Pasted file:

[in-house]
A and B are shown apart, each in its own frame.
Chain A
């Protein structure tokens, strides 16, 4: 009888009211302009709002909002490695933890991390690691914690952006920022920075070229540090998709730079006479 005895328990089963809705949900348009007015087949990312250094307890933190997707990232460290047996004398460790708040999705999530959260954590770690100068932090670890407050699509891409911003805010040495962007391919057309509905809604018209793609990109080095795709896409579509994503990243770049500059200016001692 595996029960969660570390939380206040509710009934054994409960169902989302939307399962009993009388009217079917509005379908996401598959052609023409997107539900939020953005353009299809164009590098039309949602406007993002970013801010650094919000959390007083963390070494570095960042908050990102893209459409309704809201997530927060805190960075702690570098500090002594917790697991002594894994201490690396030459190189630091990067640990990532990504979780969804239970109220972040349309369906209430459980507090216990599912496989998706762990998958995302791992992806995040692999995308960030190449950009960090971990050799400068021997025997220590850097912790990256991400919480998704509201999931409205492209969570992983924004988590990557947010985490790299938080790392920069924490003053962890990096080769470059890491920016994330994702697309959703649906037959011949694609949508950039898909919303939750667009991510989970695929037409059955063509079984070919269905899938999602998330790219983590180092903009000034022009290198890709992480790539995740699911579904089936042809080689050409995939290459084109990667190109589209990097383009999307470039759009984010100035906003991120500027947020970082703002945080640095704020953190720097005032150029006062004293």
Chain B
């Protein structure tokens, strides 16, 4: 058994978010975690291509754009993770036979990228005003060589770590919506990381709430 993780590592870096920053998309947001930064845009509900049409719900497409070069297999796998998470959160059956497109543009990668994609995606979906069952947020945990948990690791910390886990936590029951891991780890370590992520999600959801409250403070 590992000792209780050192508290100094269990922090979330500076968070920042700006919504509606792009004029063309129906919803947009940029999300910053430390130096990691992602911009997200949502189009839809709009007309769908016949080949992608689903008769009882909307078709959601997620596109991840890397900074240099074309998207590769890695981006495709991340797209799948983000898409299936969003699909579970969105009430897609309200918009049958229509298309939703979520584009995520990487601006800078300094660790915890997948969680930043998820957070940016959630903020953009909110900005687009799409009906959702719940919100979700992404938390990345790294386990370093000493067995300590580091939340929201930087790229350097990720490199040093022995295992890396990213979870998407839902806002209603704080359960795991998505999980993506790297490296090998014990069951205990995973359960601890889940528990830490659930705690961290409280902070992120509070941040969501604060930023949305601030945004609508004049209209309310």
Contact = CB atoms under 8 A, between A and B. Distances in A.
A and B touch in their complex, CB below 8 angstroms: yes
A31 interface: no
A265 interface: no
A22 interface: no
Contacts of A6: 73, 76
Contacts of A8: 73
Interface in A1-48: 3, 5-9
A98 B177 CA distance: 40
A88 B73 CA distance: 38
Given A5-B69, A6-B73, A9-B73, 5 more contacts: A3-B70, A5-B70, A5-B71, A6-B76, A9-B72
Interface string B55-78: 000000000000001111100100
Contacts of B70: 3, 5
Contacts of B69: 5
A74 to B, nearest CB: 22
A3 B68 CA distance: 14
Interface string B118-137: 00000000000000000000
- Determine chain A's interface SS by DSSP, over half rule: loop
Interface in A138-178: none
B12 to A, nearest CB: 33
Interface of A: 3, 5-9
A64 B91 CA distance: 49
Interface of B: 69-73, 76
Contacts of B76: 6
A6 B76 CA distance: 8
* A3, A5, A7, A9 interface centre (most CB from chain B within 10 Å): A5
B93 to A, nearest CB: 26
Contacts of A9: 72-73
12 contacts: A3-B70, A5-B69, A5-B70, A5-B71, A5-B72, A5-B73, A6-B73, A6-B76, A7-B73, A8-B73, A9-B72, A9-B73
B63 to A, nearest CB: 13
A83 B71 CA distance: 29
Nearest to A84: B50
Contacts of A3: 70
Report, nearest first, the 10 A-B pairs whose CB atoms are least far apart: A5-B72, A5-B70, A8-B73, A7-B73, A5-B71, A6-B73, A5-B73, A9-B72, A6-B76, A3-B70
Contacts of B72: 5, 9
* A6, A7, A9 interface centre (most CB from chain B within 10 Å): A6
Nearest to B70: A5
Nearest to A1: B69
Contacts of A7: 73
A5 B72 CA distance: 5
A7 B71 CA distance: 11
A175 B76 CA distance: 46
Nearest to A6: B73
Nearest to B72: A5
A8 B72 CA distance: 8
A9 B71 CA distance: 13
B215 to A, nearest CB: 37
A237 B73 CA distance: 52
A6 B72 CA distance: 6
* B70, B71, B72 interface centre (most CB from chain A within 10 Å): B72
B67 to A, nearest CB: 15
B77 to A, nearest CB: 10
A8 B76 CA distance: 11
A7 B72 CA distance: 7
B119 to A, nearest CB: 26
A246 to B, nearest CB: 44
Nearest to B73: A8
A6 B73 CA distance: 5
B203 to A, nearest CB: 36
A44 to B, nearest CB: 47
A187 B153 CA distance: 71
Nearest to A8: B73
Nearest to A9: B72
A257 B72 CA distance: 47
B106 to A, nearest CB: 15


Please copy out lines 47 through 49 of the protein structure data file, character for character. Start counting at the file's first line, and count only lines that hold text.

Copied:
A7 B71 CA distance: 11
A175 B76 CA distance: 46
Nearest to A6: B73